The Western model of childhood developed in tandem with the European colonialisation of the non-European world. This model of childhood has been constructed as a form of conquest of a foreign, unknown, empty, natural, and uncivilised territory. Such colonial view dominated sociology, psychology, and pedagogy generally since their inception, and specifically childhood studies in the 19th and early 20th centuries.

The Western model of childhood rests on two material and historical prerequisites:

  • The exploitation of colonised territories and peoples creates the material resources for relegating children to a separate social space while denying them responsibility for the production and reproduction of human life. This social space is privatised within the framework of the bourgeois family (‘family childhood’), while children are also institutionalised and pedagogised within the framework of bourgeois society (‘school childhood’).
  • The emergence of the capitalist mode of production, with its destructive tendencies, made it necessary to protect children from premature harm and to prepare them as future workers and soldiers. This went hand in hand with the emergence of nation-states, which consider their next generations as a potential for ‘national development’ and, accordingly, institutionalise them in a developmental form through compulsory schooling.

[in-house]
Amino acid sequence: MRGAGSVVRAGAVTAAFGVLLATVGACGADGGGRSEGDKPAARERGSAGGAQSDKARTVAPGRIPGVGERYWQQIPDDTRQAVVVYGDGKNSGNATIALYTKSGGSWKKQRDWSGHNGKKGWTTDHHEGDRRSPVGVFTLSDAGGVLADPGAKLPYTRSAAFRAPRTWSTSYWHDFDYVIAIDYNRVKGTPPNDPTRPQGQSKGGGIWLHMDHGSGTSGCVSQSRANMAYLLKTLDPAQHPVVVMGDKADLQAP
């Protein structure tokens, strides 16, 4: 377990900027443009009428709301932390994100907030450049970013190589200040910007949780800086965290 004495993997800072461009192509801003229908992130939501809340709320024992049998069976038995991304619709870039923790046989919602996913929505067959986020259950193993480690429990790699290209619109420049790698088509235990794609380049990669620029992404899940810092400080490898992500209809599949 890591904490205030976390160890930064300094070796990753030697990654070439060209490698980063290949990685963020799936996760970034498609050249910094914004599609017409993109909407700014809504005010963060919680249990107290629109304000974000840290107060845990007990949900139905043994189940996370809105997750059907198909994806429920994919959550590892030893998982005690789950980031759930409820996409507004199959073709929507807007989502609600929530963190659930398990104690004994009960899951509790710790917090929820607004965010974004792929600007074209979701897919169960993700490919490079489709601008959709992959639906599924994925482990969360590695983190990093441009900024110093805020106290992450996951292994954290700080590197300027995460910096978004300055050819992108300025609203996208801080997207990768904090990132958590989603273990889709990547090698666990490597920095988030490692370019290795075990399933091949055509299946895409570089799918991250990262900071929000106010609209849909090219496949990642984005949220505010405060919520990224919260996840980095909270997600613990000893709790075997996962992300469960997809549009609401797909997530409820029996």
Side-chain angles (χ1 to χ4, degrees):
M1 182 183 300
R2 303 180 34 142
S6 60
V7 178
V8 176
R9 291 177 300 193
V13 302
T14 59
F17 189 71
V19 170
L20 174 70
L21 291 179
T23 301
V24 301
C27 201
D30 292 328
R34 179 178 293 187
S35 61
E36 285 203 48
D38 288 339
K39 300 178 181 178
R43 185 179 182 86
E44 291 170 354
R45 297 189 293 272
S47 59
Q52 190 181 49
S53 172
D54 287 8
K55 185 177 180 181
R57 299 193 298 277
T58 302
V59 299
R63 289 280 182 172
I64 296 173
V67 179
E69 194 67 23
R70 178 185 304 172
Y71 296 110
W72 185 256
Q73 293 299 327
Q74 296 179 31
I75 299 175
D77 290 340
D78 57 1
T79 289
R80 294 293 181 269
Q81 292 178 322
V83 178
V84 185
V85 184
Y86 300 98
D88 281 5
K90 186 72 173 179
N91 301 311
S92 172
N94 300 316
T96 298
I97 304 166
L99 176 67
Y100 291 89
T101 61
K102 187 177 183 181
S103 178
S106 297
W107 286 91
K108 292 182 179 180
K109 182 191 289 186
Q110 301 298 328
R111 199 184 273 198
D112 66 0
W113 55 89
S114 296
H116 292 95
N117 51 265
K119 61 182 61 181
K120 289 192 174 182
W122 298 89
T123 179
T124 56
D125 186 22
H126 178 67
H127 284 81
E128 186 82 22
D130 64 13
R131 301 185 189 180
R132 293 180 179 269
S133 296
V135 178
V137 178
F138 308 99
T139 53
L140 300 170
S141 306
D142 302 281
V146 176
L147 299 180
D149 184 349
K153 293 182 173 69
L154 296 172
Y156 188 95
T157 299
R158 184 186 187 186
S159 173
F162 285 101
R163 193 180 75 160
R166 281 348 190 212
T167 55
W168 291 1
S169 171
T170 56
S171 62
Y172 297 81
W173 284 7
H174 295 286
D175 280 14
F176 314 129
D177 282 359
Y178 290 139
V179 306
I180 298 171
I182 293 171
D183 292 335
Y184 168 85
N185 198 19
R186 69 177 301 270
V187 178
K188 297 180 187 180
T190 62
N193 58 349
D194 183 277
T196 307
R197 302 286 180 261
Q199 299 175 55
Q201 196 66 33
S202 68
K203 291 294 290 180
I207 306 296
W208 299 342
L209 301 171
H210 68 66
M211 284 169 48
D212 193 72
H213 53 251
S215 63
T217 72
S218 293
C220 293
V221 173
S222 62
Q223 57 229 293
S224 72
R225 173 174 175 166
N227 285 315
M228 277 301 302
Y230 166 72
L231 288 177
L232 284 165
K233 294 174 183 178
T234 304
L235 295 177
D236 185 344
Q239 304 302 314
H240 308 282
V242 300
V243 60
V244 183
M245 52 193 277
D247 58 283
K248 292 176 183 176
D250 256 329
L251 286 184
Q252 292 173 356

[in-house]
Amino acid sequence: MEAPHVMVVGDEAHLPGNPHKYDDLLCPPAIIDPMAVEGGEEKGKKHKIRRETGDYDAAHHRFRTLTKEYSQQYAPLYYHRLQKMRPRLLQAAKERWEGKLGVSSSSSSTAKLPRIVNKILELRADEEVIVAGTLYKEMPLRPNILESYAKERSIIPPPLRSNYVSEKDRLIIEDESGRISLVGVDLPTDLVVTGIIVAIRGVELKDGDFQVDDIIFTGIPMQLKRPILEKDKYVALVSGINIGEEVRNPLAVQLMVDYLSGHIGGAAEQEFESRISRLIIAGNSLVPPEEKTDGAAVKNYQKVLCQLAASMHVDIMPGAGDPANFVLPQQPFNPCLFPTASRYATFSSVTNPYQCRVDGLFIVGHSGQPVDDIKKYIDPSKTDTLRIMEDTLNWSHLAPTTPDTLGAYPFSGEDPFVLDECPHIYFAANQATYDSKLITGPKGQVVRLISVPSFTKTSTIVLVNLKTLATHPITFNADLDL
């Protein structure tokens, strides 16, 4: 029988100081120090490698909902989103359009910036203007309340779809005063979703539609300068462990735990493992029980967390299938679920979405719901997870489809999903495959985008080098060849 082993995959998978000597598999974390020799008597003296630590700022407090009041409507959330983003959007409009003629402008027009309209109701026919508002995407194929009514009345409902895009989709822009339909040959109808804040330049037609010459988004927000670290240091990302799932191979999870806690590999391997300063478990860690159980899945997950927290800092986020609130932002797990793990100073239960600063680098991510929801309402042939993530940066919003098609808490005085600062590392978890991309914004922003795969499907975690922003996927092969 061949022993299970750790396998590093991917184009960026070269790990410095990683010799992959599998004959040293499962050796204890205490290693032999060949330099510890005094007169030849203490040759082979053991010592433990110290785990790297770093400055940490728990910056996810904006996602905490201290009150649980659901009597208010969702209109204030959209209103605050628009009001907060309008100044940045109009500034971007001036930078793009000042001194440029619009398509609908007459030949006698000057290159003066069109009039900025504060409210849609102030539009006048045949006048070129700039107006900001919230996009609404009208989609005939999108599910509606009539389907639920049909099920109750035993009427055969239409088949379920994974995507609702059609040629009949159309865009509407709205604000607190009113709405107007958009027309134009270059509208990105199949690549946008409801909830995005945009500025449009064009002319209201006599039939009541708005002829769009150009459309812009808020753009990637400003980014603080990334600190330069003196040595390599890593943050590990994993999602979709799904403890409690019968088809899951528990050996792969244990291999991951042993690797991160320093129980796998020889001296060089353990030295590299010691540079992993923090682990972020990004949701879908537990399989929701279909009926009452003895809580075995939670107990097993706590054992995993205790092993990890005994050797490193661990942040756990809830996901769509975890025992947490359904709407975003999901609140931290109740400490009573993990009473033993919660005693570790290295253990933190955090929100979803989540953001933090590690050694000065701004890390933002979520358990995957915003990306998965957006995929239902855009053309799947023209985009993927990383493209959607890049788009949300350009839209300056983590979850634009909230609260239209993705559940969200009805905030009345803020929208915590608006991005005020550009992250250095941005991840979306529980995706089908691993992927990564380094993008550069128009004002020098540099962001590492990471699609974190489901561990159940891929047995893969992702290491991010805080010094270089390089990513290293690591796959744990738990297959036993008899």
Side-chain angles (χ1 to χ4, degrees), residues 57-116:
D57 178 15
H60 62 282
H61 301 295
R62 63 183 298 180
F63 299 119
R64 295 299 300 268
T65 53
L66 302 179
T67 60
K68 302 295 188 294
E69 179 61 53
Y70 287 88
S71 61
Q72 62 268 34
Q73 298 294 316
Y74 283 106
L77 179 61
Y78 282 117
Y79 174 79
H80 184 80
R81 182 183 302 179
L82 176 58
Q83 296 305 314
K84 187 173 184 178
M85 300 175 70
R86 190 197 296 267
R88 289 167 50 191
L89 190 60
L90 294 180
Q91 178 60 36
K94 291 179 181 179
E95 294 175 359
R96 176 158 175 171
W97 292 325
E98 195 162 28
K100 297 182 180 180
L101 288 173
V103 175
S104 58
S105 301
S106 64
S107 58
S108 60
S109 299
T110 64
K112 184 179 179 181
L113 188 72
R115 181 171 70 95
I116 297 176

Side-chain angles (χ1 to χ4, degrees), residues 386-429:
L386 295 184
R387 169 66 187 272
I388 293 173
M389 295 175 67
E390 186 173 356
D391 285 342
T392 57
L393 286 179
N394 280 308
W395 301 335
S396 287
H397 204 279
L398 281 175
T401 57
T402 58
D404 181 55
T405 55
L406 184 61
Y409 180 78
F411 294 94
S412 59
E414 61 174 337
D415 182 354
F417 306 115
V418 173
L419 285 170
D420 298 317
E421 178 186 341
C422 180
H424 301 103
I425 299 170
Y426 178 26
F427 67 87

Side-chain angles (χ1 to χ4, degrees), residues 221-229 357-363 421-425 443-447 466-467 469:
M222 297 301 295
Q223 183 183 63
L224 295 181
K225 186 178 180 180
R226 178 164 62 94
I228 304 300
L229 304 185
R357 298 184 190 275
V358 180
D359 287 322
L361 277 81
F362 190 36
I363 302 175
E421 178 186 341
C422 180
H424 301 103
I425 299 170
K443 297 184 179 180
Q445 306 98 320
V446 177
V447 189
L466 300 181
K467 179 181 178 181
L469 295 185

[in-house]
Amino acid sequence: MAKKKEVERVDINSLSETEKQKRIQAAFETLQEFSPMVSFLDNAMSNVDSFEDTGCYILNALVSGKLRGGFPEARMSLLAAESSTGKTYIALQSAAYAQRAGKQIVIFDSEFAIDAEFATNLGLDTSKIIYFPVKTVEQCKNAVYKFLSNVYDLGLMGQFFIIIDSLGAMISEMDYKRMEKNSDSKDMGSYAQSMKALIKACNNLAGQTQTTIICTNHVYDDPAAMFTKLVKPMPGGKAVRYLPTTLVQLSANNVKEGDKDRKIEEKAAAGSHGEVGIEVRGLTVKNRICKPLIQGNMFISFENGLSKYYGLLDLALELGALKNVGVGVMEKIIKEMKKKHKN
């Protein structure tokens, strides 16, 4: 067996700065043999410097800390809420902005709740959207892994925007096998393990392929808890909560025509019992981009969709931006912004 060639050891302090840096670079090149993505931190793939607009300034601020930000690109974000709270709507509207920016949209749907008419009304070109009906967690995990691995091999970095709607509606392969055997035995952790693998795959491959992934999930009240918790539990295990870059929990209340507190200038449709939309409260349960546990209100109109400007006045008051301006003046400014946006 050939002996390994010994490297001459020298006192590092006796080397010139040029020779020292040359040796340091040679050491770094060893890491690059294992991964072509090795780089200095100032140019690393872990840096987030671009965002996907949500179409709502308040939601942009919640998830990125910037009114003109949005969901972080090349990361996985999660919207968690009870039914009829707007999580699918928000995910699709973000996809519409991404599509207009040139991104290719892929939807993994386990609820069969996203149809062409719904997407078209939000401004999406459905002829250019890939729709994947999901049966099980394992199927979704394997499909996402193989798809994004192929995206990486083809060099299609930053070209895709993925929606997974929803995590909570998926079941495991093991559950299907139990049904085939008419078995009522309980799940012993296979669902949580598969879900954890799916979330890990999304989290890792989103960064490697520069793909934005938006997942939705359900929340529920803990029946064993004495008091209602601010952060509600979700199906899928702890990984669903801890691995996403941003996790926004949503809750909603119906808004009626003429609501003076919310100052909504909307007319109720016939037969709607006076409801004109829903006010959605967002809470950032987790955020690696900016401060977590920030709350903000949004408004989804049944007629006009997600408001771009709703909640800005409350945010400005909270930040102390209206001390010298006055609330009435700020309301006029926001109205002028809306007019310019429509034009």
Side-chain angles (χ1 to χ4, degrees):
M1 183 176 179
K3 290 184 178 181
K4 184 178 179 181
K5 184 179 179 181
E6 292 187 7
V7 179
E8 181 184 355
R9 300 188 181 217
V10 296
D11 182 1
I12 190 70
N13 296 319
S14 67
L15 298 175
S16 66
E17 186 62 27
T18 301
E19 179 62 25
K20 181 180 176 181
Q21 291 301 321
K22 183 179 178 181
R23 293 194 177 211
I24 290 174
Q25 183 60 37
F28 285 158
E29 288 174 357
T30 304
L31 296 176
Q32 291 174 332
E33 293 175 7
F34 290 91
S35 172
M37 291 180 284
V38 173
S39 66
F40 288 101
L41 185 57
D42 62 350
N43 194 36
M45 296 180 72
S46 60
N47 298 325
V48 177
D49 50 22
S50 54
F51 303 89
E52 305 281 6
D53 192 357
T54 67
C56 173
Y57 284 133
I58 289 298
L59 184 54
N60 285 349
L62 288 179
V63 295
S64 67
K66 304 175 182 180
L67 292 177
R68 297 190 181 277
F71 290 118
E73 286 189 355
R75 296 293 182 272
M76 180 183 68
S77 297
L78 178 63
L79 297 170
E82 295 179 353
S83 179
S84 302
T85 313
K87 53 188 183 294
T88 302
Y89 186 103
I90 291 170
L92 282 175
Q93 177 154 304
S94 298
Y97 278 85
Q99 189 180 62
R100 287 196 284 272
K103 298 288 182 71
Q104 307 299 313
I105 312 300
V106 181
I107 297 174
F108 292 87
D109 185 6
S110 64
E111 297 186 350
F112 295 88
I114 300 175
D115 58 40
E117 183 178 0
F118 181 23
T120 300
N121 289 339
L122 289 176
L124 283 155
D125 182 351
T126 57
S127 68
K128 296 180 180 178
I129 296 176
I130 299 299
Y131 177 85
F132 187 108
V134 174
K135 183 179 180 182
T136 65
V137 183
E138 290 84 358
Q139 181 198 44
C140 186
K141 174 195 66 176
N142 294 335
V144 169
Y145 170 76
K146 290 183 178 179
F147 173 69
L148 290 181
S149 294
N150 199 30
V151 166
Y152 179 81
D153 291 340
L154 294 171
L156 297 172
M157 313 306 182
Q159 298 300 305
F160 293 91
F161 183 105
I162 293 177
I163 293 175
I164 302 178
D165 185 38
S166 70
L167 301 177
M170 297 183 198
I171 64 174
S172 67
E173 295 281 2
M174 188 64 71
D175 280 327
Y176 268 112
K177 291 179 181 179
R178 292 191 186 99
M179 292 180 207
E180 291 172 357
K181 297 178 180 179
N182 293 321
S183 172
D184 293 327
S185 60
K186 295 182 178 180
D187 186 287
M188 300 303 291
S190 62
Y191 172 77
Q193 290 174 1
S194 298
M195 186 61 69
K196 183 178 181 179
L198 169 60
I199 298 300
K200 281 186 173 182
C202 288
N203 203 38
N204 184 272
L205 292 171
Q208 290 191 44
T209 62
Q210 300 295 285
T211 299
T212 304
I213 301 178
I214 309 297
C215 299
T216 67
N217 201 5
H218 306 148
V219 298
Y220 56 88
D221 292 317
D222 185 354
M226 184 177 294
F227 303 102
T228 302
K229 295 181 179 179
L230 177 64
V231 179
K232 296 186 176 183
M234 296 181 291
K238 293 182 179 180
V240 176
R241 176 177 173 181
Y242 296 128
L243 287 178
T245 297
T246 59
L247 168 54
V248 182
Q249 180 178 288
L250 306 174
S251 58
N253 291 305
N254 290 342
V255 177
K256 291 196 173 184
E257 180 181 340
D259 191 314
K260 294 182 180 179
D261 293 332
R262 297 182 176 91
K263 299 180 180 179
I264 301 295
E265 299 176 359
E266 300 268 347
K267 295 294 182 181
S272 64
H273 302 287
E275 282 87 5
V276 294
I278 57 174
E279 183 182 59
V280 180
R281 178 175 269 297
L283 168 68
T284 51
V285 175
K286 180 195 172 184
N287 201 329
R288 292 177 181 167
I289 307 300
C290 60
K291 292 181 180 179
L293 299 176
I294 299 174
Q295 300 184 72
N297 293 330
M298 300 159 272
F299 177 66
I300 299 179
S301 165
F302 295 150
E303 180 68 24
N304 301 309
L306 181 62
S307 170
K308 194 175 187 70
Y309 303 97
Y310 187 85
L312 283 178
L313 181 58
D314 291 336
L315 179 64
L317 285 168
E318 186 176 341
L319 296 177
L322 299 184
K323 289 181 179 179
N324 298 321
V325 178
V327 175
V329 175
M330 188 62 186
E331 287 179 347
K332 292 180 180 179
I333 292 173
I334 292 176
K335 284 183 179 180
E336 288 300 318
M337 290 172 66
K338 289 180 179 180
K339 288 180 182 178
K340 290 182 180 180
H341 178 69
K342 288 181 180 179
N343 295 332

For its part, the Western model of childhood is instrumentalised to justify colonial conquest. Conquered peoples of all ages are declared children, ergo ‘infantilised’. This allowed European colonial powers to present themselves as saviours (supported by the Christian doctrine of salvation) who took on ‘the white man’s burden’ (as Kipling put it) to enlighten and civilise ‘primitive people’. In this sense, colonialism was advocated as ‘educational colonialism’. 

The category of childhood was applied to colonised peoples in the sense that they were separated from the colonial rulers in reservations and given a life of misery, which in turn facilitated their exploitation as labourers. By labelling them as childlike, there was no need for special consideration of their children, who would otherwise be entitled to a childhood according to the Western model. These children were exploited as much as their adult counterparts under the guise of inclusion in ‘shared responsibility’ processes that is common in many non-Western cultures.

However, special and humiliating treatment was accorded to children who did not conform to the norms set by the colonial powers. In Latin America, this applied particularly to indigenous children. It also applied to those who emerged as a kind of collateral damage from the encounter of the conquistadors (white men, including priests and other figures in the Catholic Church) with indigenous and Afro-descendant women. Colonialism involved the destruction and humiliation of children of all kinds: violent acts of extermination (genocide), segregation, and assimilation due to the construction of their otherness and their non-recognition as morally equal human beings.